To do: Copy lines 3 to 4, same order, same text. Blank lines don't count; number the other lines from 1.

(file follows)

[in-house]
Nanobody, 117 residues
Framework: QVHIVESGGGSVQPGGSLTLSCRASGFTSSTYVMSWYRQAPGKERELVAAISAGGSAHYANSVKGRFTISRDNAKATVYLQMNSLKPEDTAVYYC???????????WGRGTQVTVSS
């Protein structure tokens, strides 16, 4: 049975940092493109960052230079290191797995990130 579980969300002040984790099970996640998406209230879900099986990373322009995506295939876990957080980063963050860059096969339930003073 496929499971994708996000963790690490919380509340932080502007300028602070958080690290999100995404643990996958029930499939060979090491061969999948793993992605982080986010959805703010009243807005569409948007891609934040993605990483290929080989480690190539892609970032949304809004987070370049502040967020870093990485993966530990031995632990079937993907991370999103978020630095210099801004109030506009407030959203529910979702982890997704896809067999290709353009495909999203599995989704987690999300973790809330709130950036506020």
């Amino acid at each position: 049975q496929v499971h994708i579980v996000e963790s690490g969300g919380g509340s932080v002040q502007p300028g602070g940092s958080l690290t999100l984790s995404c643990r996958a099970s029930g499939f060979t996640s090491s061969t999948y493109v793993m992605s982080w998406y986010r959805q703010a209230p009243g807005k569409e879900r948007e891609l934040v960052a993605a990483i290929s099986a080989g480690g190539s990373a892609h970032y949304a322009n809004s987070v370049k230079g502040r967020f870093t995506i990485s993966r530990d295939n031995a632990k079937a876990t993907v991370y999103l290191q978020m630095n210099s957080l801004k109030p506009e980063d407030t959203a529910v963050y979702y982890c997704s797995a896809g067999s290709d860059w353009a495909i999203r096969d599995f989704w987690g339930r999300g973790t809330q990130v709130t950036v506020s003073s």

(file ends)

Framework: QVHIVESGGGSVQPGGSLTLSCRASGFTSSTYVMSWYRQAPGKERELVAAISAGGSAHYANSVKGRFTISRDNAKATVYLQMNSLKPEDTAVYYC???????????WGRGTQVTVSS
């Protein structure tokens, strides 16, 4: 049975940092493109960052230079290191797995990130 579980969300002040984790099970996640998406209230879900099986990373322009995506295939876990957080980063963050860059096969339930003073 496929499971994708996000963790690490919380509340932080502007300028602070958080690290999100995404643990996958029930499939060979090491061969999948793993992605982080986010959805703010009243807005569409948007891609934040993605990483290929080989480690190539892609970032949304809004987070370049502040967020870093990485993966530990031995632990079937993907991370999103978020630095210099801004109030506009407030959203529910979702982890997704896809067999290709353009495909999203599995989704987690999300973790809330709130950036506020």